Social Market Foundation named Think Tank of the Year by Prospect Magazine

The Social Market Foundation was last night named Prospect Magazine’s 2012 Think Tank of the Year at the publication’s respected annual think tank awards in London.

The SMF, which also picked up the Economic and Financial Think Tank of the Year award in a separate category, was commended by judges for the rigour of its research, the high quality of its events and its outstanding and original contribution to the debate on economic growth.

Ian Mulheirn, SMF Director said:

“It’s a fantastic achievement to be named the top UK think tank by Prospect Magazine. At a time of ongoing economic crisis, the need for robust and creative policy solutions which transcend party politics is essential. These awards are therefore a real endorsement of the SMF’s analytical depth, timely policy interventions and our nonpartisan approach.”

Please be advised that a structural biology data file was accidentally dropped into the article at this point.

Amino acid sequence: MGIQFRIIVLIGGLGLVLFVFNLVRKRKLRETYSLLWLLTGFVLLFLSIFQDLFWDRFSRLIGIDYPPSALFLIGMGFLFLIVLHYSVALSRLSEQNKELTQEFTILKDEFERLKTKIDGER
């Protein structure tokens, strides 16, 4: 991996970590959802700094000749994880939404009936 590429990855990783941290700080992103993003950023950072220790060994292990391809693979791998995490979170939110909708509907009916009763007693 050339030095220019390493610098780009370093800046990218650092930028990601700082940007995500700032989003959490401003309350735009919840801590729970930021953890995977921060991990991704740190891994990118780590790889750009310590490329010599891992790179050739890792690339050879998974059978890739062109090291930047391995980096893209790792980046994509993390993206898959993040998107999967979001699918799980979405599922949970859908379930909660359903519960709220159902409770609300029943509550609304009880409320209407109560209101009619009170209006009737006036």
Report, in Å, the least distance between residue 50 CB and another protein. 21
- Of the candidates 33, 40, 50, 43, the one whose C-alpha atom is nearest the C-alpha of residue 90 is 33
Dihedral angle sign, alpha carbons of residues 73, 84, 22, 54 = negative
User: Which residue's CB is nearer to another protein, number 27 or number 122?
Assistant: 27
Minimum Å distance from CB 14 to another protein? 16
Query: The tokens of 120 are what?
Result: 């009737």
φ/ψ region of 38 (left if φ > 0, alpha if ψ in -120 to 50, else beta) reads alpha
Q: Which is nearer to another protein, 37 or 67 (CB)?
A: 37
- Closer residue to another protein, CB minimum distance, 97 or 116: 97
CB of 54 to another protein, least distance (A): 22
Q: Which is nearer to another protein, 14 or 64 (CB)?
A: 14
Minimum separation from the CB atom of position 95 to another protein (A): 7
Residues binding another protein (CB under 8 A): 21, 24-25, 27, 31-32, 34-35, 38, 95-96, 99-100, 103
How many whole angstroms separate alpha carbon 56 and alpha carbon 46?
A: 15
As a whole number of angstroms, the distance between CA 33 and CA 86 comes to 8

Mary Ann Sieghart, SMF Chair said:

“For a small think tank, the SMF punches well above its weight. These awards are a great tribute to Ian and his staff for their imaginative ideas, media savvy, rigour and sheer hard work.”

The award judges – Sir Richard Lambert, The Right Honourable Baroness Vadera PC, Nader Mousavizadeh, Bronwen Maddox, and James Elwes – commented on the topicality and originality of the SMF’s research programme this year, which included papers outlining an innovative plan for growth, an analysis of the Work Programme, and a solution to the childcare affordability problem.

Last night’s awards were the twelfth annual think awards and Prospect reported a record number of entries. The SMF now joins a distinguished list of award recipients, including the Institute for Fiscal Studies, the National Institute for Economic and Social Research and Policy Exchange.

 Notes to Editors

  •  The Social Market Foundation (SMF) is a leading UK think tank, developing innovative ideas across a broad range of economic and social policy. It champions policy ideas which marry markets with social justice and takes a pro-market rather than free-market approach.


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